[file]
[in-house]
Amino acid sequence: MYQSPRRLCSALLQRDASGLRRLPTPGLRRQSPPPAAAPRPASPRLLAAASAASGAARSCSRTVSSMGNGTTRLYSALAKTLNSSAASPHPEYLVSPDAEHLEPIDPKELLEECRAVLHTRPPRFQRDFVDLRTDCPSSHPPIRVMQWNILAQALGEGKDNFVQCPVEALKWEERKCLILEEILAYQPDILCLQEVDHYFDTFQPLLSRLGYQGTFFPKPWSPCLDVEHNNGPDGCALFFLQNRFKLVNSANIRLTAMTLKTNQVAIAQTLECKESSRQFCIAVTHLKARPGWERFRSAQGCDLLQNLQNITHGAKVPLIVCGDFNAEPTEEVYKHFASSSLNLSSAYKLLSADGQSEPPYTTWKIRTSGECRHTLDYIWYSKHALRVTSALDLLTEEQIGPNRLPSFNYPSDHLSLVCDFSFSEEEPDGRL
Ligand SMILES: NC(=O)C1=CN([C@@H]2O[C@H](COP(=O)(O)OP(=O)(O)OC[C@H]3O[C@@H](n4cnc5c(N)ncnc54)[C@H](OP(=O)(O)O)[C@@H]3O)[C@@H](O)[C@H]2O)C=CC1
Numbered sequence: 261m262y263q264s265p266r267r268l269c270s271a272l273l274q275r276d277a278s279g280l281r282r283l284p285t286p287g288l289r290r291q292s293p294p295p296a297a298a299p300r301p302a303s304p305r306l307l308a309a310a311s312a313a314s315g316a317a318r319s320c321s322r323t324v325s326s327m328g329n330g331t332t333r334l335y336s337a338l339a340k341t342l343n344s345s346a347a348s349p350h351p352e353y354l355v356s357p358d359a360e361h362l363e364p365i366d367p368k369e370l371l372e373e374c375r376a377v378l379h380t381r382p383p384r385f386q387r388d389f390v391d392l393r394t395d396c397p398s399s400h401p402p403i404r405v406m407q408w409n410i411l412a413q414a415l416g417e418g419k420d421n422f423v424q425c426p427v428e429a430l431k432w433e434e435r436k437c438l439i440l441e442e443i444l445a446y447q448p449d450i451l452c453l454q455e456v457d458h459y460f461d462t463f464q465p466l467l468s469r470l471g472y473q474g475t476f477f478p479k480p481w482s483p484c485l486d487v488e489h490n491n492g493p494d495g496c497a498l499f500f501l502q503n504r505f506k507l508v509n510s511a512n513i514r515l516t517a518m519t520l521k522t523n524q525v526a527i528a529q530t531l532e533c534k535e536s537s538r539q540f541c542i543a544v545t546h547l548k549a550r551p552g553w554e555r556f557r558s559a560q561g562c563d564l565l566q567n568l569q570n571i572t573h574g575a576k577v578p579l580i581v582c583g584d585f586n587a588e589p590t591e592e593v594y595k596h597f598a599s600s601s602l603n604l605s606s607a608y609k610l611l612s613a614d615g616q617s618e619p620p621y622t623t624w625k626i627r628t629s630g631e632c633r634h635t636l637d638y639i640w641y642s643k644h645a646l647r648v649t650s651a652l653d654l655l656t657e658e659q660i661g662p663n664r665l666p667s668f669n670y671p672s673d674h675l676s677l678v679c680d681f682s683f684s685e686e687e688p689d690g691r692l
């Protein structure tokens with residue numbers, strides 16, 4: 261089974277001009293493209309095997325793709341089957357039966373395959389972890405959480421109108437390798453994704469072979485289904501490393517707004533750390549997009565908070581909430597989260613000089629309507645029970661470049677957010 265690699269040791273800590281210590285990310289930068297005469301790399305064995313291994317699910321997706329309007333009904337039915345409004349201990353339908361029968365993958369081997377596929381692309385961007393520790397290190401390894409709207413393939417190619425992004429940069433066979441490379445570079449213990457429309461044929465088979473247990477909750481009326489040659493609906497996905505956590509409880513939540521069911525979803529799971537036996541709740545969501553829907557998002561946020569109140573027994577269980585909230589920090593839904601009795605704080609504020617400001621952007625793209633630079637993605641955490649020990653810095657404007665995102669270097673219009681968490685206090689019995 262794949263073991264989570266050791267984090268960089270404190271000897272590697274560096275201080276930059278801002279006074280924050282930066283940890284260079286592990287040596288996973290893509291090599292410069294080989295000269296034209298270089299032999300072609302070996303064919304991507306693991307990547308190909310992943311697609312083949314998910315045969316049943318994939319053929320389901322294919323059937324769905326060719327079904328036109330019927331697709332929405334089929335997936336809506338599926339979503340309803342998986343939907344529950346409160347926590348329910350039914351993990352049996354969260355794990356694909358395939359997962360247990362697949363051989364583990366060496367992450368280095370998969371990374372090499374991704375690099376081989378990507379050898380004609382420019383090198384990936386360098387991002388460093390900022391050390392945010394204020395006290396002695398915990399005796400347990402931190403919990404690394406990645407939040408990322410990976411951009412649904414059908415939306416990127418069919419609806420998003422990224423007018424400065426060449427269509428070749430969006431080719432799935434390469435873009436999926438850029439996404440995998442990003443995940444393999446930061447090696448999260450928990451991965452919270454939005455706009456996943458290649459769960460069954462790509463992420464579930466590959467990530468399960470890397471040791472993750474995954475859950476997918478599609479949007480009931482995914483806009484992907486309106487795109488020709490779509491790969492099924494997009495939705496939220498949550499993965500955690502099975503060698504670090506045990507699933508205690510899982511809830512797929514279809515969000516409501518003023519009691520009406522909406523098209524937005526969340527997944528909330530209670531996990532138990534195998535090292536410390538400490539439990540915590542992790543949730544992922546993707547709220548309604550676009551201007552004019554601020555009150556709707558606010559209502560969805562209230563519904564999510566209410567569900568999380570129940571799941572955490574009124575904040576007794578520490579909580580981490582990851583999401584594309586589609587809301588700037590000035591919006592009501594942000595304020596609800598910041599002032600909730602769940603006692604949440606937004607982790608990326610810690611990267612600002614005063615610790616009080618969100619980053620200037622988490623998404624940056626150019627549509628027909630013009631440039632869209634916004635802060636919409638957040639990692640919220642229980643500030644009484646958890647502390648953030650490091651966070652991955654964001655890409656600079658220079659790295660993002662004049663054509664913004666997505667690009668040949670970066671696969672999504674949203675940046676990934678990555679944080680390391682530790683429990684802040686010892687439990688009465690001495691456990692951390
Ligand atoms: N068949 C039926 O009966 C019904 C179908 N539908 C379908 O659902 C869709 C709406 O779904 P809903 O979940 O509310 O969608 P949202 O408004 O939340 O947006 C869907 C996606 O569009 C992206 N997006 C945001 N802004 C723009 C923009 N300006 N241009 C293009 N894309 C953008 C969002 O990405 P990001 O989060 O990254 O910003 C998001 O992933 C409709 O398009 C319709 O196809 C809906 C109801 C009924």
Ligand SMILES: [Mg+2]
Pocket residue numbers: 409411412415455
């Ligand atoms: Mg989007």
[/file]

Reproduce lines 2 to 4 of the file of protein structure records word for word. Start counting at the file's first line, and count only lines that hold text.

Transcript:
Amino acid sequence: MYQSPRRLCSALLQRDASGLRRLPTPGLRRQSPPPAAAPRPASPRLLAAASAASGAARSCSRTVSSMGNGTTRLYSALAKTLNSSAASPHPEYLVSPDAEHLEPIDPKELLEECRAVLHTRPPRFQRDFVDLRTDCPSSHPPIRVMQWNILAQALGEGKDNFVQCPVEALKWEERKCLILEEILAYQPDILCLQEVDHYFDTFQPLLSRLGYQGTFFPKPWSPCLDVEHNNGPDGCALFFLQNRFKLVNSANIRLTAMTLKTNQVAIAQTLECKESSRQFCIAVTHLKARPGWERFRSAQGCDLLQNLQNITHGAKVPLIVCGDFNAEPTEEVYKHFASSSLNLSSAYKLLSADGQSEPPYTTWKIRTSGECRHTLDYIWYSKHALRVTSALDLLTEEQIGPNRLPSFNYPSDHLSLVCDFSFSEEEPDGRL
Ligand SMILES: NC(=O)C1=CN([C@@H]2O[C@H](COP(=O)(O)OP(=O)(O)OC[C@H]3O[C@@H](n4cnc5c(N)ncnc54)[C@H](OP(=O)(O)O)[C@@H]3O)[C@@H](O)[C@H]2O)C=CC1
Numbered sequence: 261m262y263q264s265p266r267r268l269c270s271a272l273l274q275r276d277a278s279g280l281r282r283l284p285t286p287g288l289r290r291q292s293p294p295p296a297a298a299p300r301p302a303s304p305r306l307l308a309a310a311s312a313a314s315g316a317a318r319s320c321s322r323t324v325s326s327m328g329n330g331t332t333r334l335y336s337a338l339a340k341t342l343n344s345s346a347a348s349p350h351p352e353y354l355v356s357p358d359a360e361h362l363e364p365i366d367p368k369e370l371l372e373e374c375r376a377v378l379h380t381r382p383p384r385f386q387r388d389f390v391d392l393r394t395d396c397p398s399s400h401p402p403i404r405v406m407q408w409n410i411l412a413q414a415l416g417e418g419k420d421n422f423v424q425c426p427v428e429a430l431k432w433e434e435r436k437c438l439i440l441e442e443i444l445a446y447q448p449d450i451l452c453l454q455e456v457d458h459y460f461d462t463f464q465p466l467l468s469r470l471g472y473q474g475t476f477f478p479k480p481w482s483p484c485l486d487v488e489h490n491n492g493p494d495g496c497a498l499f500f501l502q503n504r505f506k507l508v509n510s511a512n513i514r515l516t517a518m519t520l521k522t523n524q525v526a527i528a529q530t531l532e533c534k535e536s537s538r539q540f541c542i543a544v545t546h547l548k549a550r551p552g553w554e555r556f557r558s559a560q561g562c563d564l565l566q567n568l569q570n571i572t573h574g575a576k577v578p579l580i581v582c583g584d585f586n587a588e589p590t591e592e593v594y595k596h597f598a599s600s601s602l603n604l605s606s607a608y609k610l611l612s613a614d615g616q617s618e619p620p621y622t623t624w625k626i627r628t629s630g631e632c633r634h635t636l637d638y639i640w641y642s643k644h645a646l647r648v649t650s651a652l653d654l655l656t657e658e659q660i661g662p663n664r665l666p667s668f669n670y671p672s673d674h675l676s677l678v679c680d681f682s683f684s685e686e687e688p689d690g691r692l